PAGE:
Hell, I wasn’t actually parenting at all. I was just being angry at my kids who cannot just listen when I ask them to do something simple and angry at myself for dragging them to the store after school. But mostly I was angry at that woman who deemed it her place to say something to me about my children who were acting up in public LIKE I DIDN’T ALREADY KNOW THEY WERE ACTING UP.
OF COURSE I KNEW.
I knew and I had been embarrassed by it longer than she had been aware we were even there.
So thanks for the judgment, lady. That’s just what my Tuesday afternoon was missing.
Thursday 16th of April 2015
You need to have control of your kids when you go out in public. Period. No one should have to shop (or work) with your kids running around like maniacs because you cannot control them. You are too much like every other parent out there, and that is half the reason why this world is the way it is. If you can't manage your kids, get a babysitter, go out when your husband is home, find a neighbor to watch them, etc. Kids will get away with what you let them get away with. Its not their fault. Its yours.
Thursday 16th of April 2015
Hey, so, thanks for stopping by to heap on a little more judgment. Obviously, I've realized I should have gotten a shopping cart for the toddler, but at some point, moms get judged for having kids in carts whom others deem "too old" to be there. She has to learn to walk. She can't learn to walk without being given an opportunity to try. We tried. She was terrible at it. We'll try again in a month.
I'm willing to bet you have no children of your own yet and/or have children who now have children of your own and you can no longer remember what it was like to have small children. If you actually read, you know that I wasn't ambling around the store browsing through the vast supply of $1 fare, but the next time I'm in your store, how about being a neighbor, okay?
Saturday 4th of April 2015
I was such a good mom before I was a mom. The things I thought in my head about "those" kids haunt me now. We all have days like that. Even that lady behind you. Don't let her ruin your day.
The Many Thoughts of a Reader
Friday 3rd of April 2015
They are kids. Not adults. As long as they don't call people assholes to their face, all's good. ;)
Wednesday 1st of April 2015
Oh, this sucks. Just know that you are not the first mother to ever have her children not listen to her and run all over the place. There's a reason we stopped going to library story times altogether and didn't even visit the library again until my twins were 5. Even then it was a whirlwind. Now that they are 7 and the youngest is 5, I finally feel like I can breathe again and not dread taking them anywhere.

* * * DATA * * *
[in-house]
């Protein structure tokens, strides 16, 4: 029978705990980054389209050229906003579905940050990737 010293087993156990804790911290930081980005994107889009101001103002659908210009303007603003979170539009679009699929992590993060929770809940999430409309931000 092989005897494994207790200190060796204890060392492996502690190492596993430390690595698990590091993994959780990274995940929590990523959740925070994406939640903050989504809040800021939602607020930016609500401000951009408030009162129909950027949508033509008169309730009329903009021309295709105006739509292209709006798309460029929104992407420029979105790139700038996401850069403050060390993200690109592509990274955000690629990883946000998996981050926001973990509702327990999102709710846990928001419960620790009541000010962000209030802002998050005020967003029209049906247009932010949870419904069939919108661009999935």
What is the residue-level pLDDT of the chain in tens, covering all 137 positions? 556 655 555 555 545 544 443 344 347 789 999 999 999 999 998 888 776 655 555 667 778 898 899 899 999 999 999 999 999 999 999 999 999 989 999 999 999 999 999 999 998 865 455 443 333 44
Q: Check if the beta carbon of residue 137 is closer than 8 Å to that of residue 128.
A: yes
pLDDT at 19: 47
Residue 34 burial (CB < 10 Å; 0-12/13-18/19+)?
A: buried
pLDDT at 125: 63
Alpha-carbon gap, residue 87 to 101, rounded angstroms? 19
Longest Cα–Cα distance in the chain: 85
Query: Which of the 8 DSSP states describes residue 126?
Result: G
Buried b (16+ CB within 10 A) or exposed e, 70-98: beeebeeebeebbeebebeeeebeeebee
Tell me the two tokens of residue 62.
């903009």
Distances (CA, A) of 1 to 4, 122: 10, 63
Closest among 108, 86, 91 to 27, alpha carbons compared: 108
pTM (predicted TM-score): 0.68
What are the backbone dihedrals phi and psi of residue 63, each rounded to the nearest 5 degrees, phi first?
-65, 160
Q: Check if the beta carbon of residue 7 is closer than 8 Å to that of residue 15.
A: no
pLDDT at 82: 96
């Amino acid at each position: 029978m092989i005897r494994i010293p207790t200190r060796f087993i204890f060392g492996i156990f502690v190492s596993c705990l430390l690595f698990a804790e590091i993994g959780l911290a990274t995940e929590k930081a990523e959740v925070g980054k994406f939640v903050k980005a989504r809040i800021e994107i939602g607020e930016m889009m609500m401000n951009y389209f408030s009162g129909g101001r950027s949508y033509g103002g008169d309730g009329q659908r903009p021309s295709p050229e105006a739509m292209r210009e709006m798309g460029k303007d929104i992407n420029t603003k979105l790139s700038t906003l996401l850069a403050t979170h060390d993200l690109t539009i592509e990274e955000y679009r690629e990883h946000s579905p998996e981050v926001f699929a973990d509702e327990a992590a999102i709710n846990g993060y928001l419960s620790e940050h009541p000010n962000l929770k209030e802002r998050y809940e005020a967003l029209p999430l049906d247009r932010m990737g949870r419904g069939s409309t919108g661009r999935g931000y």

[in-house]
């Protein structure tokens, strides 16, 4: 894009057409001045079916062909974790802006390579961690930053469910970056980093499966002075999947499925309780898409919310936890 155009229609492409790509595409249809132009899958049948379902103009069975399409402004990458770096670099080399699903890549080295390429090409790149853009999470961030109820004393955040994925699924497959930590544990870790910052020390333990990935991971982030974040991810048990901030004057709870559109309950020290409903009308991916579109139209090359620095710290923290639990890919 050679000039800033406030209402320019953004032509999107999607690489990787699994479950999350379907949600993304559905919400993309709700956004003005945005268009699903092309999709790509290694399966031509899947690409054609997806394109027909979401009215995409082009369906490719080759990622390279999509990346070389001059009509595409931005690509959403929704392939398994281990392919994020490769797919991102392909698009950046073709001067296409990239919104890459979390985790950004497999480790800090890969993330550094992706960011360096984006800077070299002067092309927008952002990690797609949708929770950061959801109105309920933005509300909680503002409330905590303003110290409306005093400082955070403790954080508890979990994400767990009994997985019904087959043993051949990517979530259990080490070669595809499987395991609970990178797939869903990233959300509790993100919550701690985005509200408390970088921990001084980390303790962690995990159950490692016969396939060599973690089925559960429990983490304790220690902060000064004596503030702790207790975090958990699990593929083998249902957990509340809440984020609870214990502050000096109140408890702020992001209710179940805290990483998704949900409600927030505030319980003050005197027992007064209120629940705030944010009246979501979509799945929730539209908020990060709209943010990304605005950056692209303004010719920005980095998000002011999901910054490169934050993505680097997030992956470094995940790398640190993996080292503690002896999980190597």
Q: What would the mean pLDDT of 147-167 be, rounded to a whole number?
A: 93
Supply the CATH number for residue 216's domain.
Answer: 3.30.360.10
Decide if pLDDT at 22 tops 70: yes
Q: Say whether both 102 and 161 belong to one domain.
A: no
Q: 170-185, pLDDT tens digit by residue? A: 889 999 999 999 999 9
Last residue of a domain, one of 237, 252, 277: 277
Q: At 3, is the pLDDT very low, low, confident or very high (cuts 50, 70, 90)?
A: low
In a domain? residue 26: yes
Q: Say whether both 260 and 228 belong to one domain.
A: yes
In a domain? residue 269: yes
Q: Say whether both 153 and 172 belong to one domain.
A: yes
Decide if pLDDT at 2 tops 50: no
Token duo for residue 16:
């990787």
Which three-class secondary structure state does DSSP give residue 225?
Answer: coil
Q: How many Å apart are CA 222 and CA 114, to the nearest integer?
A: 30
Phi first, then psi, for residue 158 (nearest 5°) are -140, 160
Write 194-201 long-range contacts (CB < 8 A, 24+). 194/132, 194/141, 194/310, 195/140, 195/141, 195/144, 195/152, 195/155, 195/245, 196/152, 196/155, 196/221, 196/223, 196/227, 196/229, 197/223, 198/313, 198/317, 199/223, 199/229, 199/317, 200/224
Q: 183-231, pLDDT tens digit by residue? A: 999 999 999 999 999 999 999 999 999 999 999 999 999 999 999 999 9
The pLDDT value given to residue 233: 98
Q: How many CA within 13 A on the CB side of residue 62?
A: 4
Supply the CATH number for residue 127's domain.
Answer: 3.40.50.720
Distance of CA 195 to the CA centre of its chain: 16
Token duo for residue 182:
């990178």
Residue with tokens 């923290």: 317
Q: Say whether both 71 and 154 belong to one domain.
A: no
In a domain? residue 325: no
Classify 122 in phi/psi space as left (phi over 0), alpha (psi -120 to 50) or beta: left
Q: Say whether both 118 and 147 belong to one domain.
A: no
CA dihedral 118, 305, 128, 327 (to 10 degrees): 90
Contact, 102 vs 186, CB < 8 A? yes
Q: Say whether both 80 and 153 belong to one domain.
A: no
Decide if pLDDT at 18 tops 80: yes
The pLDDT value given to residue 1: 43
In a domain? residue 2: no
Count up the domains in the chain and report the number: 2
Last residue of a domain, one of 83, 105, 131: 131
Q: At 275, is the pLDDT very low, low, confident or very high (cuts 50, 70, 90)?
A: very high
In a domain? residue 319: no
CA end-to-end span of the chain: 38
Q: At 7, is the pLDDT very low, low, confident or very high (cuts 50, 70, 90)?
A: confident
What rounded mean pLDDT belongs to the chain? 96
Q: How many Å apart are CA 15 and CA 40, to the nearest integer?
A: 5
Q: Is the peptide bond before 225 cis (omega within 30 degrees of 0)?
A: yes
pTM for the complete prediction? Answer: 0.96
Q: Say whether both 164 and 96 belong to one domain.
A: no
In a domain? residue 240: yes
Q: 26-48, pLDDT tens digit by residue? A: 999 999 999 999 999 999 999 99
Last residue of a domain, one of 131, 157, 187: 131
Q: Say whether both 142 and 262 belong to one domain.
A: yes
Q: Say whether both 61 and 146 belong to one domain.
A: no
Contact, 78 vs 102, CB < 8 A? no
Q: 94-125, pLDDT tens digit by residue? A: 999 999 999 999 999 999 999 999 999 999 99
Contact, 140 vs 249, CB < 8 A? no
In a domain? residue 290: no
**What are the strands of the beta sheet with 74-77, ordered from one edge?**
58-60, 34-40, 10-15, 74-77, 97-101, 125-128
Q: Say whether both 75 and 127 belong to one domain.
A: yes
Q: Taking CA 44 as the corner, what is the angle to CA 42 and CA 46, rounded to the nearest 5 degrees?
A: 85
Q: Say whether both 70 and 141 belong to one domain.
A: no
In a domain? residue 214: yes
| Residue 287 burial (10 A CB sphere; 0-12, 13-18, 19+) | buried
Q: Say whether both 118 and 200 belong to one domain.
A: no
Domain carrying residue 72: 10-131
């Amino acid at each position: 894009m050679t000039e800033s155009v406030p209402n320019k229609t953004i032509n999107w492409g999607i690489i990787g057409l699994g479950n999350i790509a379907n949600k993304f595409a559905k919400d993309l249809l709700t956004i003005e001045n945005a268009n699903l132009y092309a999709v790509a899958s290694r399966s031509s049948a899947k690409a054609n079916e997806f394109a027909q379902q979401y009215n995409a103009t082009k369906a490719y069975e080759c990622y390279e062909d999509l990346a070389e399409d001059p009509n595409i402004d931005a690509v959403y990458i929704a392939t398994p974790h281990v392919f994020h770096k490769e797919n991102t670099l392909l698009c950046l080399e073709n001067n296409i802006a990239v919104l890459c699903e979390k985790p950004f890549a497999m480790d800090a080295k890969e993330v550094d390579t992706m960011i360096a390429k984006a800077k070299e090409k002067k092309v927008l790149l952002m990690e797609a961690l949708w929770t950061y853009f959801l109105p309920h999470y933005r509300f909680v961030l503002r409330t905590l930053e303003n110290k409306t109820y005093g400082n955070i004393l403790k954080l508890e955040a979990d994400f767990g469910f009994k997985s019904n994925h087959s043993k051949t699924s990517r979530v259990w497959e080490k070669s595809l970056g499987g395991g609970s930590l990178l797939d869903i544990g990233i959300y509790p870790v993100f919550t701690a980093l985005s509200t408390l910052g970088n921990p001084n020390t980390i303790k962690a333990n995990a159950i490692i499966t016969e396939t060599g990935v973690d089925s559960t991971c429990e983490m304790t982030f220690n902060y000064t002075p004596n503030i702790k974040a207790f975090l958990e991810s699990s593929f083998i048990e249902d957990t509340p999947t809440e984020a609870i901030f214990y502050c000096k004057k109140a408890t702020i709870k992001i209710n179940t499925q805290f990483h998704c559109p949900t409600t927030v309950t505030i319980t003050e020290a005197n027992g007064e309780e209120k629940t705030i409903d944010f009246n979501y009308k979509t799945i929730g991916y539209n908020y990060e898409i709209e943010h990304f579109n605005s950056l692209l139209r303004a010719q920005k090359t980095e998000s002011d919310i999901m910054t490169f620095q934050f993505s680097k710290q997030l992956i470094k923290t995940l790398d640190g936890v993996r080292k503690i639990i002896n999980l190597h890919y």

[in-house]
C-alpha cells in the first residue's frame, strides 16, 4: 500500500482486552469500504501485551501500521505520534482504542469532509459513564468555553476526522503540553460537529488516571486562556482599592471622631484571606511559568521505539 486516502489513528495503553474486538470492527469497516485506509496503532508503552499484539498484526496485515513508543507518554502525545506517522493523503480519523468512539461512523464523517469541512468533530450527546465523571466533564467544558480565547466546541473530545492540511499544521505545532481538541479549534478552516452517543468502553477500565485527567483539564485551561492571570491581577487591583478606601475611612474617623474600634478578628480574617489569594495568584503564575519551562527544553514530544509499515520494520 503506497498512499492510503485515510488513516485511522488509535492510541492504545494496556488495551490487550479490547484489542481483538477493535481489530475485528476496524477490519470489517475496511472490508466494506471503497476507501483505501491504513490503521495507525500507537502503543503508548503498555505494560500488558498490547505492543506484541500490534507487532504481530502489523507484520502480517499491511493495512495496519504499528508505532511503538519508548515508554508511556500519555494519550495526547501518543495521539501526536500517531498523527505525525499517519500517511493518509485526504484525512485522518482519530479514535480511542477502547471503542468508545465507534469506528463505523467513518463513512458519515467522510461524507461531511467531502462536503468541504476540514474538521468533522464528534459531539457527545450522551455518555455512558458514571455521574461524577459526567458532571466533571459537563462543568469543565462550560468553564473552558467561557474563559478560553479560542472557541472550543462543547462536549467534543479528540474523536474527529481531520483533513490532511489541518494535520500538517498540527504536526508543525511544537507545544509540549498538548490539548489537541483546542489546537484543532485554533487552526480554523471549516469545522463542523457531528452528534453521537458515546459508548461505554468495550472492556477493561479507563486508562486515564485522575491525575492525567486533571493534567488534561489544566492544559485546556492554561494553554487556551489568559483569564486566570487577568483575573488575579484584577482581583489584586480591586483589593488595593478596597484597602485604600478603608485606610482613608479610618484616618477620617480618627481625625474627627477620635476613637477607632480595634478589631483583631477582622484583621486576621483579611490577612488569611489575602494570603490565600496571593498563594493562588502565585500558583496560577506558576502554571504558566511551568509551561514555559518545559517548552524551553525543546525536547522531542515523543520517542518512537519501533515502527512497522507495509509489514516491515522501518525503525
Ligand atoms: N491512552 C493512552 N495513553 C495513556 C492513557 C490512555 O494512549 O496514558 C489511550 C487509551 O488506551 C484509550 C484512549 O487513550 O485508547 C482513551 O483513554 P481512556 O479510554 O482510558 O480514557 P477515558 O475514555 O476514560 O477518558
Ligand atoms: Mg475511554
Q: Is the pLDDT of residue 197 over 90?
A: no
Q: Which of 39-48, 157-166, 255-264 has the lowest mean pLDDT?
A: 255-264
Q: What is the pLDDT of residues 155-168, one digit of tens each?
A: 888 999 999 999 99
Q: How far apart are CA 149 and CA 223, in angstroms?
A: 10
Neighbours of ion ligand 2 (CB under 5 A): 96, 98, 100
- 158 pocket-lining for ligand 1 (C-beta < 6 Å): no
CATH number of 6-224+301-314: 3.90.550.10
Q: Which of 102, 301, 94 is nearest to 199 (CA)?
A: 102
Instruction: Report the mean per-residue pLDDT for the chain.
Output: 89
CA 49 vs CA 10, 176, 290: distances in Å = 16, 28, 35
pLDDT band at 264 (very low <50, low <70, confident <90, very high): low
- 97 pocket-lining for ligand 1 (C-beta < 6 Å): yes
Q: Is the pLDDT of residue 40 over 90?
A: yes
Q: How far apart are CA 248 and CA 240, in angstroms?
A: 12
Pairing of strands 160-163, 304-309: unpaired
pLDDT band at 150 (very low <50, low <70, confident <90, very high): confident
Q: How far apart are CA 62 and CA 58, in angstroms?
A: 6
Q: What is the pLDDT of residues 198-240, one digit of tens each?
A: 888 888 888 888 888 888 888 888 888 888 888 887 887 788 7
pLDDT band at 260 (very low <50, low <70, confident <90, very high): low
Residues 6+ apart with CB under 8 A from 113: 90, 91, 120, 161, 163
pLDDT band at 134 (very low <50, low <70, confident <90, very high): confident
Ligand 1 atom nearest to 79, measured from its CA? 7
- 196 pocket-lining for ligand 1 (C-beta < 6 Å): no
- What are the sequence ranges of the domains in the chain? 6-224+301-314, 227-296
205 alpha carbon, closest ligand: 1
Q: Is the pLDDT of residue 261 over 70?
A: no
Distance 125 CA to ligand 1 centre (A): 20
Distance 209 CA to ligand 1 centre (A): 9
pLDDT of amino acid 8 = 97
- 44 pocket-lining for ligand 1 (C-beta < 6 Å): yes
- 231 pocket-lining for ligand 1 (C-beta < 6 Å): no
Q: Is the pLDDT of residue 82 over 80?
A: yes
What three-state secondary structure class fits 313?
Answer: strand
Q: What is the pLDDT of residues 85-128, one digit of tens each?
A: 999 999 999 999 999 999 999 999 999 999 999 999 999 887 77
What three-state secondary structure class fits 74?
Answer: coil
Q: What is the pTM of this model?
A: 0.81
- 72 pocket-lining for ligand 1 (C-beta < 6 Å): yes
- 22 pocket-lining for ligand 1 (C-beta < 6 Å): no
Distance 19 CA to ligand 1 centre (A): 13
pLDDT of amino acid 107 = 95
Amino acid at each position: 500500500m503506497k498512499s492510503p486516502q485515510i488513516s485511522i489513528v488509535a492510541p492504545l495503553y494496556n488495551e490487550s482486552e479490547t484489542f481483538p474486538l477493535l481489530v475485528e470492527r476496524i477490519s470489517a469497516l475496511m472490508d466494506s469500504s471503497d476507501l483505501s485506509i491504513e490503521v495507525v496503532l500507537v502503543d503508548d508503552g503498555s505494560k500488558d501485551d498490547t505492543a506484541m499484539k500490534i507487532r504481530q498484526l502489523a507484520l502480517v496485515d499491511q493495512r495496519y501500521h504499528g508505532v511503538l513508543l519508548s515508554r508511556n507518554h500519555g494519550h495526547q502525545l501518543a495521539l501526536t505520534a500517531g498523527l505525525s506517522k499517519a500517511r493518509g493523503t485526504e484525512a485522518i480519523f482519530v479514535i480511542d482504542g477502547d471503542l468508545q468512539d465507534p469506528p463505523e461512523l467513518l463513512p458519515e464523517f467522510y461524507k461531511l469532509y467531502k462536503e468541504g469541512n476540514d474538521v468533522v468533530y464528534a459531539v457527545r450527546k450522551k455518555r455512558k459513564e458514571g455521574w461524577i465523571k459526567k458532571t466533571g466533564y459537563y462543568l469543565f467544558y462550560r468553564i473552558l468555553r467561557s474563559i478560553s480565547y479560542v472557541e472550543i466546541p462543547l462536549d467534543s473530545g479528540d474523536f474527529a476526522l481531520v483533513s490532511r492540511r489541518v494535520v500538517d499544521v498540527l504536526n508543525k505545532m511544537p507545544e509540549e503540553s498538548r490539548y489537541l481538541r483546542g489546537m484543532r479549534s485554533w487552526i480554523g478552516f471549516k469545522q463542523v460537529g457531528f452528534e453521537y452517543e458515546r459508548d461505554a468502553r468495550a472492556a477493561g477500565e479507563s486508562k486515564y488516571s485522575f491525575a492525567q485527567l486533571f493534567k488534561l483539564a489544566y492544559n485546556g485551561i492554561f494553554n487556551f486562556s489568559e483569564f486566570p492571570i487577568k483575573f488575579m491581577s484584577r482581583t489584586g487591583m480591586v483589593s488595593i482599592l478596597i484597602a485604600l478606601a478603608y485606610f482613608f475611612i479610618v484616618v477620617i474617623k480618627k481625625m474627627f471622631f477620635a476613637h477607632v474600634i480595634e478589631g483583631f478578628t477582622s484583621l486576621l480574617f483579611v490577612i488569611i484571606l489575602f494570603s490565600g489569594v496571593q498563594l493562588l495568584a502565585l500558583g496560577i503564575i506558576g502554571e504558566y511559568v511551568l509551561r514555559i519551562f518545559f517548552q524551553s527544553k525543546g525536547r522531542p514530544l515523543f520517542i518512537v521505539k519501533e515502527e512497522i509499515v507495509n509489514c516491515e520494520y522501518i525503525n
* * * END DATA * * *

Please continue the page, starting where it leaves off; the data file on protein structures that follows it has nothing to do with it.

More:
Her comment says more about her than it does you. We're all just doing our best.
John (Daddy Runs a Lot)
Wednesday 1st of April 2015
Kids are assholes. Absolute assholes. Judy Judgerson's kids acted that same way, when they were your kids' age. All kids do. It's what kids do.
I have the advantage of being over 6-feet tall, and male, so people generally aren't AS blatant about judging me when they do (though I'm certain that "oh, what would their mother think?" or "where is their mother?" is a prevalent thought whenever my kids and I head out in public together . . . it's just that, well, people seem hesitant to actually say anything when my kids are actively misbehaving, and just eye-roll. A lot).
It makes me cringe when someone says "oh, you have your hands full." Except when I'm actively carrying both children, and their backpacks, and/or whatever they need me to be carrying . . . because, during that situation? My hands are, literally, full.
Anyway - serious question, because fuck if I know the answer. When someone's kids are being absolute hellions in a public place and I, as a parent, but without my children there, am present - do I offer to help? Do I ignore? Do I just chuckle, knowing that, tomorrow, I'll be in that parent's shoes?
Wednesday 1st of April 2015
The "you have your hands full" comment makes me nuts. Sometimes I get ahead of their quasi-insulting game by saying "these kids! They're total handfuls!" Laughing about it before they can helps. I still cringe when they say it though.
I think the best thing we can do when we're in a position to help and we see another parent struggling is just to acknowledge the struggle. A "hey, we've all been there" goes a long way, you know? I actually love to help moms laugh or smile at them and let them know I get it. That woman yesterday didn't seem to get that at all.